Chilean wines: Bad Season or Better Opportunity?
This post is also available in: Spanish
Chilean Wines: The National Agricultural Society of Chile (SNA) issued a press release which expresses concern about the drop in production this year. The heavy rain that hit Chile caused a significant decline in the harvest.
Patricio Crespo, current President of the SNA, said: “According to the data collected from our associates, this records an estimated drop in grape production of 30%, equivalent to about 400 million fewer litres of wine this fall season. This would imply a final production of wine in 2016 of approximately 800 million litres and losses exceeding USD 220 million for producers of grapes”.
The National Society of Agriculture represents farmers; it is not a government entity and does not represent the wine industry itself. Many farmers participate in the wine industry. However, many vineyard owners sell their harvest to wine producers, and therein lies their participation. They would be the most affected by the heavy rainfall in April.
However, with regard to the wine industry, there are surpluses in the wineries. At least the last two harvests – 2014 and 2015 – were exceptional.
Given the situation of producers, Mr. Crespo said: “The union will convene various stakeholders in the industry to a worktable at the highest level to reflect and propose concrete action towards the balanced and sustainable development of this important production in the national agriculture chain”.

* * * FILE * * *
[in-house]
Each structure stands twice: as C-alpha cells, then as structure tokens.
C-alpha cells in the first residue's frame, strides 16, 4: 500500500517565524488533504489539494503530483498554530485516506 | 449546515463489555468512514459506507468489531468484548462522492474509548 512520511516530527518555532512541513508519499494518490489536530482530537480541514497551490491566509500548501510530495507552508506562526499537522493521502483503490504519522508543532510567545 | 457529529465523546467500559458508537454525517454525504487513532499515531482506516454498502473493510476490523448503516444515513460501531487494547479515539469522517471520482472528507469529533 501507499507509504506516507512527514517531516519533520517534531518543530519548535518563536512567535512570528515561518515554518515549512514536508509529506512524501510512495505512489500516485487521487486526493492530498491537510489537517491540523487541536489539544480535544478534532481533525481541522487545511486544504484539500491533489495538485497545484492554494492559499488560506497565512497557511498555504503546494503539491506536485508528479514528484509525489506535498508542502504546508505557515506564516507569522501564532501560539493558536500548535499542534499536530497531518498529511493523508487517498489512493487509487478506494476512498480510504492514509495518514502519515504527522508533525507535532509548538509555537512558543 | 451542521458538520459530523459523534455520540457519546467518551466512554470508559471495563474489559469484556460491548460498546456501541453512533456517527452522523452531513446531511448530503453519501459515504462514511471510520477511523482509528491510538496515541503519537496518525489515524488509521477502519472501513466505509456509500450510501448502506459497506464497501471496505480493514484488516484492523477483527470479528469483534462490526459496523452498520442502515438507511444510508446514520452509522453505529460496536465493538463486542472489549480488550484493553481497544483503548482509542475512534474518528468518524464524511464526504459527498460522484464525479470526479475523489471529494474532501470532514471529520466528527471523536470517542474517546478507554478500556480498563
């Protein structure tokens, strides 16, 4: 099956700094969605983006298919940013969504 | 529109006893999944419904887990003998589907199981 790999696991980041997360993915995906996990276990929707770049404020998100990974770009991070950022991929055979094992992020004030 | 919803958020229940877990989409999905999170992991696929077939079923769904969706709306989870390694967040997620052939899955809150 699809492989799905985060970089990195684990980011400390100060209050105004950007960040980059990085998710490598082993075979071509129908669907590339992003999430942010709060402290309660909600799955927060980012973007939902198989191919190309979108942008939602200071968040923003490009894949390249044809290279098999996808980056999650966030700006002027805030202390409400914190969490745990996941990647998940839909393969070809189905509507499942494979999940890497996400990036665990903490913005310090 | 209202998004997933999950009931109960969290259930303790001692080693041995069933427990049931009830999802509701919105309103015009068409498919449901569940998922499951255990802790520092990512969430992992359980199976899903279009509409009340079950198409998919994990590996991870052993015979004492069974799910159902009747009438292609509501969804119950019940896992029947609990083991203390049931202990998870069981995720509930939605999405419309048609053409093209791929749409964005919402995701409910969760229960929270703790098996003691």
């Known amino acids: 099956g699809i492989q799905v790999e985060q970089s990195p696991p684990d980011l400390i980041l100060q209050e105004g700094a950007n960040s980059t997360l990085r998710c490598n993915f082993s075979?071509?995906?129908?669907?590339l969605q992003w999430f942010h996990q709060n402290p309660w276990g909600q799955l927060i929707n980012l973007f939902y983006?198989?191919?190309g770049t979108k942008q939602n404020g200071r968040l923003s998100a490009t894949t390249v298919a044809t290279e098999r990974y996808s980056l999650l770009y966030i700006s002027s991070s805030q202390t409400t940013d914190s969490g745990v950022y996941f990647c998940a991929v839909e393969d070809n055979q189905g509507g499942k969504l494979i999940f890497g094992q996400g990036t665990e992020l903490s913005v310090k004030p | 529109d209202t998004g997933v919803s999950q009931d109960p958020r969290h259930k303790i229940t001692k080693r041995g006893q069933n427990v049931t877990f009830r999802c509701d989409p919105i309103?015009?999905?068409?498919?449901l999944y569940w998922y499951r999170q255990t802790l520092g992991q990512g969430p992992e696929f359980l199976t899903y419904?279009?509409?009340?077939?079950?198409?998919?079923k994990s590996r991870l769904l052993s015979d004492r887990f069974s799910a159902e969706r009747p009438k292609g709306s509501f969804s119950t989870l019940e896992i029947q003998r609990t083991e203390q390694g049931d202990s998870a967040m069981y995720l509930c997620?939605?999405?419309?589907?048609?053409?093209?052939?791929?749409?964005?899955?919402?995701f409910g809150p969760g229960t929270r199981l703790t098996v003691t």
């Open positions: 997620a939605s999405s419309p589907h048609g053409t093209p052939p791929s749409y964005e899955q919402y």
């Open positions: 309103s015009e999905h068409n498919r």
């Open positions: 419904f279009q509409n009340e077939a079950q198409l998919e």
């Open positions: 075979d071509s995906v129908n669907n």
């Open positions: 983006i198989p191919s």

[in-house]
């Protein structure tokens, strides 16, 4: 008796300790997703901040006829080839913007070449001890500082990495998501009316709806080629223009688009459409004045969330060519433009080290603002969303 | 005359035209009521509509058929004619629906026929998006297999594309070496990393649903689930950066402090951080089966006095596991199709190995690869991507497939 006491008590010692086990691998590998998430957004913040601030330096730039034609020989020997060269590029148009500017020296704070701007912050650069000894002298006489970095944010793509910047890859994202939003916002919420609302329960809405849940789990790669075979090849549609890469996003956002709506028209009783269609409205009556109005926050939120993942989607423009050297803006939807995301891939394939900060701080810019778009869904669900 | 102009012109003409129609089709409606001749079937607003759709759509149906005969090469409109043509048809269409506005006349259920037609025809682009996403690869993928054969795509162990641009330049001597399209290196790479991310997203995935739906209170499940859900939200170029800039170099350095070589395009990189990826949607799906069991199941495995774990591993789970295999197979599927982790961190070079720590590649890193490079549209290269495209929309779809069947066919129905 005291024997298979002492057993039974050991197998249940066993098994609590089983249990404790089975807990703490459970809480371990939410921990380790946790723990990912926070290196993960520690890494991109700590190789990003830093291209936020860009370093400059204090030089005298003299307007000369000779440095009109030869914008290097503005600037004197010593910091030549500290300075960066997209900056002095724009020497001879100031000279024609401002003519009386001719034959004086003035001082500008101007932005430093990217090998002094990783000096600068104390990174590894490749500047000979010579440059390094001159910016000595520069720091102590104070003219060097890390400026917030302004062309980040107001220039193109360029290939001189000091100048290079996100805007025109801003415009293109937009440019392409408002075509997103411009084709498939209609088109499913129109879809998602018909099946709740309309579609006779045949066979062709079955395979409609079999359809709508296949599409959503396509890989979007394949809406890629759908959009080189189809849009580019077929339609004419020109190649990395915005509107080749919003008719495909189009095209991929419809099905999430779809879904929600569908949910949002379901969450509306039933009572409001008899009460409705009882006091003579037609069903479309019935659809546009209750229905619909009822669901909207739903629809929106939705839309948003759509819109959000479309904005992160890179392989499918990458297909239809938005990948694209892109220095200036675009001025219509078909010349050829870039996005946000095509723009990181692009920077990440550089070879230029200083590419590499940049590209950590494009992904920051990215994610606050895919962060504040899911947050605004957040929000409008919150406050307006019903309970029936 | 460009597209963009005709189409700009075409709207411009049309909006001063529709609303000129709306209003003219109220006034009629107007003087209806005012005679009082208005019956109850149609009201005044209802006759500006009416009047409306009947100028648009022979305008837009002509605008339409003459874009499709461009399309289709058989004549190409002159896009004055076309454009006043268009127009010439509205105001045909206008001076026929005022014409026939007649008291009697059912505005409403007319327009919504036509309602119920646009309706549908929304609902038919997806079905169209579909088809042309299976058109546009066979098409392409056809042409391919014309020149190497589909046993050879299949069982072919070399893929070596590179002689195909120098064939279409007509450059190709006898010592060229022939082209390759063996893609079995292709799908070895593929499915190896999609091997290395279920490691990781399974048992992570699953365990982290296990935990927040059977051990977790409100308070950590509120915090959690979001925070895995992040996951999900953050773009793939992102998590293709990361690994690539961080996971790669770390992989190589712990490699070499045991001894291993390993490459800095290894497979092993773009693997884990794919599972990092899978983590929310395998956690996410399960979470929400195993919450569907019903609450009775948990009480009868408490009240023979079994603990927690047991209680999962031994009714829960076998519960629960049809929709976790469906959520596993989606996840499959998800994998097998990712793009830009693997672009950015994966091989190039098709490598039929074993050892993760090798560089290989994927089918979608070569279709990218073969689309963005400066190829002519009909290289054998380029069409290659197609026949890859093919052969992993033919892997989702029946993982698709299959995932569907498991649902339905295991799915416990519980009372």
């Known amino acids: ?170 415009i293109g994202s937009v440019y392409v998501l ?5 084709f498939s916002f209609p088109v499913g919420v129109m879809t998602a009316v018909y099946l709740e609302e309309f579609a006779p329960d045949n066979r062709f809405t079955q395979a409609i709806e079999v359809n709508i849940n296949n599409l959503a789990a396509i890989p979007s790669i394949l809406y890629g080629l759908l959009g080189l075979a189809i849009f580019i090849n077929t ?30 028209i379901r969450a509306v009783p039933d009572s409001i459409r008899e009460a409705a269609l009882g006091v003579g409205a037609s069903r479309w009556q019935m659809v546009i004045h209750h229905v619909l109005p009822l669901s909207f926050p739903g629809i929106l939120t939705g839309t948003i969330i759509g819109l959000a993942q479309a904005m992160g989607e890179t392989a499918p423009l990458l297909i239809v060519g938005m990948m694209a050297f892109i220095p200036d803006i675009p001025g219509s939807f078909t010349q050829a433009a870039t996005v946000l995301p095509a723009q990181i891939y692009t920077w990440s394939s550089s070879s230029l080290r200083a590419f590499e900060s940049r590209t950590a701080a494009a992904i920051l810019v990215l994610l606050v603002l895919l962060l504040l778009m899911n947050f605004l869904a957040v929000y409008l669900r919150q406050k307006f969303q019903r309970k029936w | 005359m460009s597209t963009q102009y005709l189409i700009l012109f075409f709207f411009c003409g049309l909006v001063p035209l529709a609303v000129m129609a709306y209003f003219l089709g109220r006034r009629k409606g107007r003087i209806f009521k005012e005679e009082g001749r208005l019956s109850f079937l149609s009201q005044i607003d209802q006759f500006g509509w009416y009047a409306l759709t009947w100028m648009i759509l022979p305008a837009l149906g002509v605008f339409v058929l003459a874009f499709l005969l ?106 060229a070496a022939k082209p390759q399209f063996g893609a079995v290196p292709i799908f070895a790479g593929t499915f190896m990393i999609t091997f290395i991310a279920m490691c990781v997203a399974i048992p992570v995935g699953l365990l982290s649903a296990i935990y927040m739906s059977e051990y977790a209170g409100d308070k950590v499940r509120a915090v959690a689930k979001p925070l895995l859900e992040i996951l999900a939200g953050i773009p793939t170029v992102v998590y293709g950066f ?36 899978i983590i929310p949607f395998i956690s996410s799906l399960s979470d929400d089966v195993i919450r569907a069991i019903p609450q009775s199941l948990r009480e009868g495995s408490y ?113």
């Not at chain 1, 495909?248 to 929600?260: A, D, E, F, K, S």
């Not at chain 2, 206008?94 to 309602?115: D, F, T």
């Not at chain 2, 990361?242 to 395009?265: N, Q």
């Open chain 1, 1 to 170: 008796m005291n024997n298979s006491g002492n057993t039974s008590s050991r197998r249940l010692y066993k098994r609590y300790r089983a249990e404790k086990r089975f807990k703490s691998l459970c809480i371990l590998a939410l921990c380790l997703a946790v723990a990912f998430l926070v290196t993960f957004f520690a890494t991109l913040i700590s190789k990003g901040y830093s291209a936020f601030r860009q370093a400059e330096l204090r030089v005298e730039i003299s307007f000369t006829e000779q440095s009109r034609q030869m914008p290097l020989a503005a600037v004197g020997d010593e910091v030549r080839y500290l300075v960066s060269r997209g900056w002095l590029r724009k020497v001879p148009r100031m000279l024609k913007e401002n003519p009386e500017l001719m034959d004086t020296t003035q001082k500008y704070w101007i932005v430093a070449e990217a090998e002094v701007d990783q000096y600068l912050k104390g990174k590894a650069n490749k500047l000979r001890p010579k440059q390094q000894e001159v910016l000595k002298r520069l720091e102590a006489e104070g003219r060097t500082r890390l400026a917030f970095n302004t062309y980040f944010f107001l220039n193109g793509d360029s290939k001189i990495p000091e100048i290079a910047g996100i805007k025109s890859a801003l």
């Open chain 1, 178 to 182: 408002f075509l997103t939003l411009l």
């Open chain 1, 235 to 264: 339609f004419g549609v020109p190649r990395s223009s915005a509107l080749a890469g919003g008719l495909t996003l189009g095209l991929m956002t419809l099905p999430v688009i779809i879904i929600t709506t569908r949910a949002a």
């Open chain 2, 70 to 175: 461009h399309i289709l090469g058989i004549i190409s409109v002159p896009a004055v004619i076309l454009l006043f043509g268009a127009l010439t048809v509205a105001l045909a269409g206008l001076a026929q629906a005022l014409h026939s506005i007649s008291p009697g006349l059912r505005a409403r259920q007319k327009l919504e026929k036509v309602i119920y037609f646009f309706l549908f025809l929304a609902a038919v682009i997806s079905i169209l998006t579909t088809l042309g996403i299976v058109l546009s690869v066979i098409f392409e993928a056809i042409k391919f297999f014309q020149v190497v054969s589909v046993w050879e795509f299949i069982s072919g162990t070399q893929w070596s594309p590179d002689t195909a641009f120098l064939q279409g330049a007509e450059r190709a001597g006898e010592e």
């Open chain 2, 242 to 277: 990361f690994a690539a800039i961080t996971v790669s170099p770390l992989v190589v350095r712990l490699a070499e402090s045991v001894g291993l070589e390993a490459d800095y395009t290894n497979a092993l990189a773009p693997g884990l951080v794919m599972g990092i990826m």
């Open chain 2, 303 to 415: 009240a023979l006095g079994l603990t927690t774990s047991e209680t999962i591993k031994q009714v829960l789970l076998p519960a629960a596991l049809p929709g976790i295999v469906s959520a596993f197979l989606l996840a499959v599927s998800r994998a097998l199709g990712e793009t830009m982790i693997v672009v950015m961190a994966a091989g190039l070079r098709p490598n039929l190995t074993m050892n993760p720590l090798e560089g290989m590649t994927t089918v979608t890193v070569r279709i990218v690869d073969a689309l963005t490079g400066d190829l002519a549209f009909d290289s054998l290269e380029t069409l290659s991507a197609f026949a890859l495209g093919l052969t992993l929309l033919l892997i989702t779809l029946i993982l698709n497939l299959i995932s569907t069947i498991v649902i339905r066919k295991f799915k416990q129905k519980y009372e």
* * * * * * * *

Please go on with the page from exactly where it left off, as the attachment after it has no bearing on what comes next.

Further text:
Then he referred to the measures that will be made, as representatives of farmers affected by bad weather. In this regard, he said that they have contacted the Ministry of Agriculture and the Agriculture and Livestock Service and have requested timely control in the production chain.
As already stated, in relation to the existence of surpluses from previous harvests, the fear that has been expressed in the request for timely targeting is that these stocks could tempt some to alter the origin/quality of them, affecting the great prestige and reputation achieved by the Chilean wine industry worldwide.
Along the same lines, Rodrigo Balbontín, President of the Association of Producers of Grapes and Wines with Designation of Origin, said that production is estimated at 800 million litres this year. In the “Revista del Campo” of the “El Mercurio” newspaper, he said: “It is important that in this scenario the Chilean Agriculture and Livestock Service act rigorously”.
As an example, the exceptional quality of Chilean wine is the choice of the critic James Suckling, who assigns a Chilean wine; Chadwick Vineyard Cabernet Sauvignon 2014, the maximum score.
“Perhaps a sign of Chile truly coming of age is the 100-point rating in this report of the pure Cabernet Sauvignon 2014 Viñedo Chadwick. This is a wine that defines the greatness of Chile with a purity, structure and finesse that competes with the best reds of the world. And its pedigree is second to none with vineyards next door in the Valle de Maipo to the highly regarded Almaviva and Concha y Toro Don Melchor.” As regards the support that the National Society of Agriculture intends to grant to its partners, Mr Crespo said: “SNA requests from relevant agencies and public and private financial institutions a case-by-case analysis of the situation of producers and other members of the productive chain in order that they can have sufficient financial support”.